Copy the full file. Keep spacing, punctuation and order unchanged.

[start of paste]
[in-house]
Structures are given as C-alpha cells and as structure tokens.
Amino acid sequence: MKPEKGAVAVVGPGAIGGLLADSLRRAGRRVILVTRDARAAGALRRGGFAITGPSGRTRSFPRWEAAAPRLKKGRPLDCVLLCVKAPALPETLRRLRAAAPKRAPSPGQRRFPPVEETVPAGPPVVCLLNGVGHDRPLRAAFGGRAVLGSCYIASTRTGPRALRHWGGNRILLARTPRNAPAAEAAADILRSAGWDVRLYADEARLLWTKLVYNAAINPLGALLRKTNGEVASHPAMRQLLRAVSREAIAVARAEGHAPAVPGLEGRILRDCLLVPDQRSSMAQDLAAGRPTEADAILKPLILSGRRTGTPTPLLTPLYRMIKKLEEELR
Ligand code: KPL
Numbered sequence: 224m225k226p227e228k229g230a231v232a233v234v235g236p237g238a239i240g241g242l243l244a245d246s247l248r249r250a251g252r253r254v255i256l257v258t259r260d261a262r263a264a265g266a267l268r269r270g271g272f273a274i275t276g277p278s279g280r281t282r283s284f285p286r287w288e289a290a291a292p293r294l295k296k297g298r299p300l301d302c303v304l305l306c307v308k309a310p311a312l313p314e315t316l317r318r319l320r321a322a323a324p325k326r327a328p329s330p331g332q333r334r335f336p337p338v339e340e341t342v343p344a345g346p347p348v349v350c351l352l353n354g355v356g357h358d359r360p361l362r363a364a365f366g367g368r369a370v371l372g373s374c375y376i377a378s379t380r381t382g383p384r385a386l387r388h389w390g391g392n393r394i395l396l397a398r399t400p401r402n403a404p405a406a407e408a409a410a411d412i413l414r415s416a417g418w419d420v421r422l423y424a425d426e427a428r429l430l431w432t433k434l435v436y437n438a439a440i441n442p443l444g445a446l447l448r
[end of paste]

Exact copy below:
[in-house]
Structures are given as C-alpha cells and as structure tokens.
Amino acid sequence: MKPEKGAVAVVGPGAIGGLLADSLRRAGRRVILVTRDARAAGALRRGGFAITGPSGRTRSFPRWEAAAPRLKKGRPLDCVLLCVKAPALPETLRRLRAAAPKRAPSPGQRRFPPVEETVPAGPPVVCLLNGVGHDRPLRAAFGGRAVLGSCYIASTRTGPRALRHWGGNRILLARTPRNAPAAEAAADILRSAGWDVRLYADEARLLWTKLVYNAAINPLGALLRKTNGEVASHPAMRQLLRAVSREAIAVARAEGHAPAVPGLEGRILRDCLLVPDQRSSMAQDLAAGRPTEADAILKPLILSGRRTGTPTPLLTPLYRMIKKLEEELR
Ligand code: KPL
Numbered sequence: 224m225k226p227e228k229g230a231v232a233v234v235g236p237g238a239i240g241g242l243l244a245d246s247l248r249r250a251g252r253r254v255i256l257v258t259r260d261a262r263a264a265g266a267l268r269r270g271g272f273a274i275t276g277p278s279g280r281t282r283s284f285p286r287w288e289a290a291a292p293r294l295k296k297g298r299p300l301d302c303v304l305l306c307v308k309a310p311a312l313p314e315t316l317r318r319l320r321a322a323a324p325k326r327a328p329s330p331g332q333r334r335f336p337p338v339e340e341t342v343p344a345g346p347p348v349v350c351l352l353n354g355v356g357h358d359r360p361l362r363a364a365f366g367g368r369a370v371l372g373s374c375y376i377a378s379t380r381t382g383p384r385a386l387r388h389w390g391g392n393r394i395l396l397a398r399t400p401r402n403a404p405a406a407e408a409a410a411d412i413l414r415s416a417g418w419d420v421r422l423y424a425d426e427a428r429l430l431w432t433k434l435v436y437n438a439a440i441n442p443l444g445a446l447l448r